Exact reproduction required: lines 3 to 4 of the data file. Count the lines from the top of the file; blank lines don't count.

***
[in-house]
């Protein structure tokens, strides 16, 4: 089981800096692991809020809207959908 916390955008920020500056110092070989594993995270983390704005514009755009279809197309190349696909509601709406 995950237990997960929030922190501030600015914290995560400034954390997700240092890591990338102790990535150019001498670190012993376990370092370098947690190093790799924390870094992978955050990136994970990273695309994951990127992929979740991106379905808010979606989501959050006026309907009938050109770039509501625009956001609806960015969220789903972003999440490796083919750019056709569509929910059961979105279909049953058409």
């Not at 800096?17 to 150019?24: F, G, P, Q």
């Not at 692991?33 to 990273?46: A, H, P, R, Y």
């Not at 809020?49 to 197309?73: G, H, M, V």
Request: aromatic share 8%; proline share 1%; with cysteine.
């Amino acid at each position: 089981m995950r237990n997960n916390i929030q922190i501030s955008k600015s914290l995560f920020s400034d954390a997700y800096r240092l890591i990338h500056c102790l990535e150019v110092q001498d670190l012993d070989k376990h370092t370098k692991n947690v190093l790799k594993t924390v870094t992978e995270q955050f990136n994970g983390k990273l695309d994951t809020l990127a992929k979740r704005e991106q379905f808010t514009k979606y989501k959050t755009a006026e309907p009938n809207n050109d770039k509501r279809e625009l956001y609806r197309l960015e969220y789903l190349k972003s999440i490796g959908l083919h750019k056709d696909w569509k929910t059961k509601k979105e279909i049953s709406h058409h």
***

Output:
């Not at 800096?17 to 150019?24: F, G, P, Q």
């Not at 692991?33 to 990273?46: A, H, P, R, Y």